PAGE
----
The NHK documentary program “Nippon Kiko” recently aired an episode featuring one of the many hills in the city of Otaru, Hokkaido, called “Hagemashi no Saka.” The name means “hill of encouragement” (meaning it’s so steep you’ll never get up it without encouraging one another). Actually, the same hill was spotlighted last year by another NHK program, Ohayo Nippon, and I’ve found references to it on the Otaru city website dating back to at least 2006.

The hill is not long, but it gets VERY steep at the end —though there’s some disagreement as to how long and how steep. This program said the hill is 600m long and the last 60m is a 13.5% grade. The Ohayo Nippon program says 900 m long (starting from a place further down?) and maximum grade of 22%. The Otaru city website says 904m and 24% grade.

Whichever is correct, it appears to have become a popular cyclist destination in recent years due to a certain inn near the top —not named in the program, but appears to be Tomaya (3000 yen per night w/no meals - HP For the past six years, with the encouragement of the family operating the inn, young people in particular have come from all over Japan to try to cycle up to the top. The rule is that you must cycle all the way to the top without resting and without your feet even touching the ground until the very end.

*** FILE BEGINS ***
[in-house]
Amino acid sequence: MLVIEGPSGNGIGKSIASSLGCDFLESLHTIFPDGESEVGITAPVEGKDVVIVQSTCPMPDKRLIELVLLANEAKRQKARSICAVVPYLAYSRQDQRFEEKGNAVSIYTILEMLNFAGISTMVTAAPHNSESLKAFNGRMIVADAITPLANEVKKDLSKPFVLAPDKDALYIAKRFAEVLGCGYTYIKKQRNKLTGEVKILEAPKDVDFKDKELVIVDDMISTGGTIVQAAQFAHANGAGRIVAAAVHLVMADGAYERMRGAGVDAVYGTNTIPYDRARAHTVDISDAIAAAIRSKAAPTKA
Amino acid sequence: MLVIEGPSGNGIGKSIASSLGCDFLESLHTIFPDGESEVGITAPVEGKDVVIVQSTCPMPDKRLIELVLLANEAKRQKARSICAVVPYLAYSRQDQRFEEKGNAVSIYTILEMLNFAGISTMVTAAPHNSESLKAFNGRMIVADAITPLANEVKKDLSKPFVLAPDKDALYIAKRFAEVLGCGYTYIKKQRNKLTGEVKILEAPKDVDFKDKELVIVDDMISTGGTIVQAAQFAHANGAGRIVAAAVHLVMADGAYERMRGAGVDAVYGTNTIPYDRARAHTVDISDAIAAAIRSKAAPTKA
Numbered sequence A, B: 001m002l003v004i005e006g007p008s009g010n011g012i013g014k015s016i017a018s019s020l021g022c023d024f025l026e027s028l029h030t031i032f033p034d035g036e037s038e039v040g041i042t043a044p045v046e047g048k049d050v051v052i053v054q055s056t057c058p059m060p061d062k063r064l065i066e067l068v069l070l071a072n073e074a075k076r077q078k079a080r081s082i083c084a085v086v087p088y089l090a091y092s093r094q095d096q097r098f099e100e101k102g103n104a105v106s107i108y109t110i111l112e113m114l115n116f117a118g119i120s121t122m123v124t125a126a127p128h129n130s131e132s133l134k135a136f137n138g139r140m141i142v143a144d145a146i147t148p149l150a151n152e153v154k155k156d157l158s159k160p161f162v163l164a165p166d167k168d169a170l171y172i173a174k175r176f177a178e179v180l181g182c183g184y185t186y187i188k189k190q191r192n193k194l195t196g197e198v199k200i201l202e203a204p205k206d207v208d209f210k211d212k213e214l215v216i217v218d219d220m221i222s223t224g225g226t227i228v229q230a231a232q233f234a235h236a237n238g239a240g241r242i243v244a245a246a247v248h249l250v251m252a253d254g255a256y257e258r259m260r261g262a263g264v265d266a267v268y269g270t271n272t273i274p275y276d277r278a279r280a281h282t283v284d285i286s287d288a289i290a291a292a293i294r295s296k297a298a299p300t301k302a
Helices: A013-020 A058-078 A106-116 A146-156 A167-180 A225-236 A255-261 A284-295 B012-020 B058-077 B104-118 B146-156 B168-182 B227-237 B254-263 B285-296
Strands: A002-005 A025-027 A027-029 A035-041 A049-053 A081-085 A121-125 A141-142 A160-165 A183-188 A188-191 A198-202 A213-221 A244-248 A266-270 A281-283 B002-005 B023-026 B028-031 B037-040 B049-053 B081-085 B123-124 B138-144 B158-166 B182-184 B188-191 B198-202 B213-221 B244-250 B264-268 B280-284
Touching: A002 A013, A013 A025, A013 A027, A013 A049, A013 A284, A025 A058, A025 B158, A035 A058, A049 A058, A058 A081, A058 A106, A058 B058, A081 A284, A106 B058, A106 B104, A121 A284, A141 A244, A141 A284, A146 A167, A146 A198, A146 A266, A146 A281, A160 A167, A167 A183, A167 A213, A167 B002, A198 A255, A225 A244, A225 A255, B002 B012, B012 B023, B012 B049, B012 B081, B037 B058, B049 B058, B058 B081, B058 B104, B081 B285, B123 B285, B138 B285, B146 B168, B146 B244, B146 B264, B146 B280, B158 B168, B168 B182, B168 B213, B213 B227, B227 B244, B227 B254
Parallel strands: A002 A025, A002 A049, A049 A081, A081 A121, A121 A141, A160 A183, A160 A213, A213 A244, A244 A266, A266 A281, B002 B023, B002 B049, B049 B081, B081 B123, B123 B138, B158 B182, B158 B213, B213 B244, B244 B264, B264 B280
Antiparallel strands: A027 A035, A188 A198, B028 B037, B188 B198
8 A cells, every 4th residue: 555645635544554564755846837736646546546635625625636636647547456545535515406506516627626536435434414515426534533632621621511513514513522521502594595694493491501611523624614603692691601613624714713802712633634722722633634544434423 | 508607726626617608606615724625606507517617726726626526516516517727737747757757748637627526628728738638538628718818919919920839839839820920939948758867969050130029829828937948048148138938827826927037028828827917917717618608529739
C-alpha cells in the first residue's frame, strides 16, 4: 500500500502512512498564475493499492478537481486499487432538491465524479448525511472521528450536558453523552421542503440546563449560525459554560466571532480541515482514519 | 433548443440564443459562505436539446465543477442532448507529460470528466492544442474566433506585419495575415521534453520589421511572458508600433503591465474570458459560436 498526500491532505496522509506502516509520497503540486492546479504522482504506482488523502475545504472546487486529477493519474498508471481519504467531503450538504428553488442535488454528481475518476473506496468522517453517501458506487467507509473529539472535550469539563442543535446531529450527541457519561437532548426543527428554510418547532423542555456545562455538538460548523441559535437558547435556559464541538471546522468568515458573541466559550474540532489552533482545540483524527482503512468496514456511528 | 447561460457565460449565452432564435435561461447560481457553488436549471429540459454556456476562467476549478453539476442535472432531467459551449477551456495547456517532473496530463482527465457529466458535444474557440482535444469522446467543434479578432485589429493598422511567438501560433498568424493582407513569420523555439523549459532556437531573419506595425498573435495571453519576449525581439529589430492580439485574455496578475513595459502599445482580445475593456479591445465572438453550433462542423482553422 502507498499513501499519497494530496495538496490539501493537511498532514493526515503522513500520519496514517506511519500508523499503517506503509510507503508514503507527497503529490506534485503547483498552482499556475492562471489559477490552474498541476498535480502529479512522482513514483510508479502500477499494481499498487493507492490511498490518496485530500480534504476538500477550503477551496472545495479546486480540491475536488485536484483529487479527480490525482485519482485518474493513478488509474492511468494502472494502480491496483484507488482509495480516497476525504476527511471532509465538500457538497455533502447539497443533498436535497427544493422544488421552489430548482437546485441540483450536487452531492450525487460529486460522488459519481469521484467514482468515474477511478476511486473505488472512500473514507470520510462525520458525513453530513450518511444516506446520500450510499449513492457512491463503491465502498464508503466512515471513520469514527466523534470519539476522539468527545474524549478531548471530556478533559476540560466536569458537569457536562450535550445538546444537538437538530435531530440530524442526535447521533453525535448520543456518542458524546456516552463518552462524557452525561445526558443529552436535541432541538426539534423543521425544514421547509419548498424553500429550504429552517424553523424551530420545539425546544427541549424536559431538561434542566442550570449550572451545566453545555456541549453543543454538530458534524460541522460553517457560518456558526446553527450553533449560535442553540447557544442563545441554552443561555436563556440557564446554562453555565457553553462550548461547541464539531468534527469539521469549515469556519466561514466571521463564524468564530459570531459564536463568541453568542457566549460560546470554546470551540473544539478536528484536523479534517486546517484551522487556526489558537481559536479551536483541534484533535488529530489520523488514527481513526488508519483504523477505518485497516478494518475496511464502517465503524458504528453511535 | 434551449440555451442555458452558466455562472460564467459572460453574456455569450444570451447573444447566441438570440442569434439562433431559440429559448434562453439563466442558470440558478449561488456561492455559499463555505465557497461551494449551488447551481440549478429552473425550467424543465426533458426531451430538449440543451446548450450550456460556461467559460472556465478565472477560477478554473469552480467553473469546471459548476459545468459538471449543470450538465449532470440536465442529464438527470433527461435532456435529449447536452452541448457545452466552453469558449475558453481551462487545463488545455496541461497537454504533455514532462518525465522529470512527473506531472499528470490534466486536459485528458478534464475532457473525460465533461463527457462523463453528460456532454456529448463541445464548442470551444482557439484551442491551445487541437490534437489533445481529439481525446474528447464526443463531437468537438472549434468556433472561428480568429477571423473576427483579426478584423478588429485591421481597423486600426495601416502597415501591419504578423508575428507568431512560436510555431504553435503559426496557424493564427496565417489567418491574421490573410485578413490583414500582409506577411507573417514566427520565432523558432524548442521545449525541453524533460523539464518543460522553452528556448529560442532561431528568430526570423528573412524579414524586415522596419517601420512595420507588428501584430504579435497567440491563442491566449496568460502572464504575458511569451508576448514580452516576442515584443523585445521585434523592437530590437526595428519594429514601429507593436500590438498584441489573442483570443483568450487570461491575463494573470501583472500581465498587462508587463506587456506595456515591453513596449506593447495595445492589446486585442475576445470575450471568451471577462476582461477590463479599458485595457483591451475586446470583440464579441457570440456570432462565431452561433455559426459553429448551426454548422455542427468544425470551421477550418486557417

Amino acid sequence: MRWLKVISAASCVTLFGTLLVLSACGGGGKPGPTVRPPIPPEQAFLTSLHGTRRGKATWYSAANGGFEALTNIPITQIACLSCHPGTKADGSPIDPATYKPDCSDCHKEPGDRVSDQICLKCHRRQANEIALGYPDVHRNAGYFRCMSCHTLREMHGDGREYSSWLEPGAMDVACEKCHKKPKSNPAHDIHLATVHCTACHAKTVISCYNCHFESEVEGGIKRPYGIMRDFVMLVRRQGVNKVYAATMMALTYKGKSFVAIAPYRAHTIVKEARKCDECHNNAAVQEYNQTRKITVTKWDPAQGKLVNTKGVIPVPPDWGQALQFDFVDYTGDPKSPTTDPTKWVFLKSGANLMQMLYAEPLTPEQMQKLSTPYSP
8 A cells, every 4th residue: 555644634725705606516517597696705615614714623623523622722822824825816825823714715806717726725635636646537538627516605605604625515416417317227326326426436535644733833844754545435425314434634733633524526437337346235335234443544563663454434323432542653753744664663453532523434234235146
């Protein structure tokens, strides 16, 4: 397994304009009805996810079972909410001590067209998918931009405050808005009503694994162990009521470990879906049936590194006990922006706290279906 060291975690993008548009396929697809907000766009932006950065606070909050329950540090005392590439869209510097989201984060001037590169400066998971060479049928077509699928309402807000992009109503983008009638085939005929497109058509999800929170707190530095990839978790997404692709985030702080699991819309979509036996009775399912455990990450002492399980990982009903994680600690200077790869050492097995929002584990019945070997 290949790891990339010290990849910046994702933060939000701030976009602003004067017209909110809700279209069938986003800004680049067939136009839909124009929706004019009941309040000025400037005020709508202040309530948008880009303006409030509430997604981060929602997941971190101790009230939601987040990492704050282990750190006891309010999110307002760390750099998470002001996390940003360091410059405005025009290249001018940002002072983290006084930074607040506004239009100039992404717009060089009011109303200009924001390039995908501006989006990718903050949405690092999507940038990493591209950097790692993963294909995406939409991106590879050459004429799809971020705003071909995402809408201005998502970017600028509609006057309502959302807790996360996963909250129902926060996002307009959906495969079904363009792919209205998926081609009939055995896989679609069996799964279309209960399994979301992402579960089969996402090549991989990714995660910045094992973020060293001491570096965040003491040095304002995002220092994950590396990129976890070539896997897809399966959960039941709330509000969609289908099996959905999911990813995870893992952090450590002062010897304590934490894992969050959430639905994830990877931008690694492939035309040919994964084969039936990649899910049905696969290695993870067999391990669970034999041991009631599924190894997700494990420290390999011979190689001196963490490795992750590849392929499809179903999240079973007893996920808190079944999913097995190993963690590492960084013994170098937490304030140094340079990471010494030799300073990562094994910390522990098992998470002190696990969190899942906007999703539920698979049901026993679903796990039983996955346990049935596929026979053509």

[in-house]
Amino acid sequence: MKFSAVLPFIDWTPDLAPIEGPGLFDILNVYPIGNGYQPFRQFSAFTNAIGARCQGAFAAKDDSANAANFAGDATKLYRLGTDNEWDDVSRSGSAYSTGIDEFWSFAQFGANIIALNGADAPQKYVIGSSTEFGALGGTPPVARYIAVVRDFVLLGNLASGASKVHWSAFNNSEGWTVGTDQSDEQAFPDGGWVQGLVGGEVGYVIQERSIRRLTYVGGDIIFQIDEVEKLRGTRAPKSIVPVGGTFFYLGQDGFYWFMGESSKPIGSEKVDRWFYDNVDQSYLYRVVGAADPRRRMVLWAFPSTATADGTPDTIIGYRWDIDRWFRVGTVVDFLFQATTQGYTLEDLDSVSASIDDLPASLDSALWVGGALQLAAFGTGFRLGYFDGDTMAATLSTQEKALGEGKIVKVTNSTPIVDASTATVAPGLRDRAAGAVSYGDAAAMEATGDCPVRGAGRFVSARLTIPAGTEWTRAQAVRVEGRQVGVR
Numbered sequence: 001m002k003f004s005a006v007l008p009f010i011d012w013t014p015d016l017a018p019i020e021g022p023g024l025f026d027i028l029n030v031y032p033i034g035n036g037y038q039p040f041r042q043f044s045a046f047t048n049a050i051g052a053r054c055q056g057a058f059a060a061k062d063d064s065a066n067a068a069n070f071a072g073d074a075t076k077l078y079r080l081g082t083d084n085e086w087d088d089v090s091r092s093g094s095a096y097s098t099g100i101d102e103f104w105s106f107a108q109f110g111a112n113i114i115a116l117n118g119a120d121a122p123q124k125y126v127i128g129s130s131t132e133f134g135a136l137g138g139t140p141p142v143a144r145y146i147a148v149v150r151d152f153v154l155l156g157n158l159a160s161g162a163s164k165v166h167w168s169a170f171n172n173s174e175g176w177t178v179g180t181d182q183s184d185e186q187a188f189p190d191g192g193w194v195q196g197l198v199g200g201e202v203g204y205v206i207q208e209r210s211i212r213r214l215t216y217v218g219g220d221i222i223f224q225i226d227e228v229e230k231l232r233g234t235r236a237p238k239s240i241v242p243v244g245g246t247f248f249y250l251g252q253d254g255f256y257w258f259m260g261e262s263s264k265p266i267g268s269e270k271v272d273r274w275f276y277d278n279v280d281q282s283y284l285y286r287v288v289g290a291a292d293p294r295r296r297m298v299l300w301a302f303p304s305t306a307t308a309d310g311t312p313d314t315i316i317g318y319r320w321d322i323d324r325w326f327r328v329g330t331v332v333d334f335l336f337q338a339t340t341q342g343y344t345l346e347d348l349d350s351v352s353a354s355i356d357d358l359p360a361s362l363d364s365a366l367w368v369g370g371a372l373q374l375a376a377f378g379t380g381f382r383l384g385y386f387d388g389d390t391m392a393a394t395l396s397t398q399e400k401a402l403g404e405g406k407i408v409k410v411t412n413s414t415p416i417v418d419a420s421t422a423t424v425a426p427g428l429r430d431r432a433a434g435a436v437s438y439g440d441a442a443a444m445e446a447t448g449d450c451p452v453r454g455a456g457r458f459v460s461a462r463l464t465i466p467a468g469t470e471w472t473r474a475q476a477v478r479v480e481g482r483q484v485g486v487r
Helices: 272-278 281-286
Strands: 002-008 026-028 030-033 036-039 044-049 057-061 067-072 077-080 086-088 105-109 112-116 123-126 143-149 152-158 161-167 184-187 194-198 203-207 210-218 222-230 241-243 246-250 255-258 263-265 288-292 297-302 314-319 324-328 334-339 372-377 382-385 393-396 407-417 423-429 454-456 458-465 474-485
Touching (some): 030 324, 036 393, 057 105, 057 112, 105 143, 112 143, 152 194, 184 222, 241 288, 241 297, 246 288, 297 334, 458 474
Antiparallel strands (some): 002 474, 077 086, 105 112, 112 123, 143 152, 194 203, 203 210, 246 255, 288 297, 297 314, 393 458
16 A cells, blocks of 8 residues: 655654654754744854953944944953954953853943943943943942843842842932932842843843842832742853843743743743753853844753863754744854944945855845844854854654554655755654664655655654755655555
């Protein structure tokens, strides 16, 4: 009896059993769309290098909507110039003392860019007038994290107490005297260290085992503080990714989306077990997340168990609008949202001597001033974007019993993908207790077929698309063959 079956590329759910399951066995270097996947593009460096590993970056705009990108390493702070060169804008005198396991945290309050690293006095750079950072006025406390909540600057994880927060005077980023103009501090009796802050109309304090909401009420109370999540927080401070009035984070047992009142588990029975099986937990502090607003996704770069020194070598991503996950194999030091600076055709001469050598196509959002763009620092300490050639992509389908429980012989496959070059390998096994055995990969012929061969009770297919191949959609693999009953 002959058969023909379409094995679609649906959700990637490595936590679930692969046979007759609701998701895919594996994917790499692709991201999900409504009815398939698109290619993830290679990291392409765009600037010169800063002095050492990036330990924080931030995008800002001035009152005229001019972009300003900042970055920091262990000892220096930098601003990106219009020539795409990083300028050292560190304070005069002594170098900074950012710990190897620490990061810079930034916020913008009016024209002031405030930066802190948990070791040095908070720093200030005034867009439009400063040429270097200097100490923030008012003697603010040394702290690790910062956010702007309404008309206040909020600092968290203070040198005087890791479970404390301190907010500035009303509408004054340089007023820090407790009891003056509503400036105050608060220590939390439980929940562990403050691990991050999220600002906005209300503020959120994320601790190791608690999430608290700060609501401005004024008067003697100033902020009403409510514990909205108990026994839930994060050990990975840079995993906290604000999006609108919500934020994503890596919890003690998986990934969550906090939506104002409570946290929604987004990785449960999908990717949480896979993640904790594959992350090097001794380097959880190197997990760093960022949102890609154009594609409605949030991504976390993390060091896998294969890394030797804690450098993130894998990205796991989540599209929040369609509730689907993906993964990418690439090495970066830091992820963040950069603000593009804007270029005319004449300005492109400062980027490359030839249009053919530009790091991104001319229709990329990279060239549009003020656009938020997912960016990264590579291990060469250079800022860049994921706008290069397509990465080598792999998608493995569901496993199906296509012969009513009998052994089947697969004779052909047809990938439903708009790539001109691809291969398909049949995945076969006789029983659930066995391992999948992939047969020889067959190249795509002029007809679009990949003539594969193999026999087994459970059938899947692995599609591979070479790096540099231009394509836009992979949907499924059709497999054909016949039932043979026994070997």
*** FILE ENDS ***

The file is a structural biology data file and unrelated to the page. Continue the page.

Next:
I haven’t done this since I didn’t know about it last summer when I was in Hokkaido. But it’s certainly something cyclists should probably put on the list of things to do in Otaru.

There appears to be no information on “Hagemashi no Saka” in English. There are some photos of it here:

Your best bet is either to ask at the inn or get the city tourist people to point it out on the map to you. And, obviously, you’ll only be able to cycle it in the warm months.

As of this writing, Youtube links to the NHK Nippon Kiko program split into two parts (in Japanese, no subtitles) are here:

(Part 1)

(Part 2)

As far as I know, NHK doesn’t normally allow its programs to be youtube-d, so I’d advise viewing these sooner rather than later.

The transcript (in Japanese) for the earlier Ohayo Nippon program is here:


“Hagemashi no Saka”

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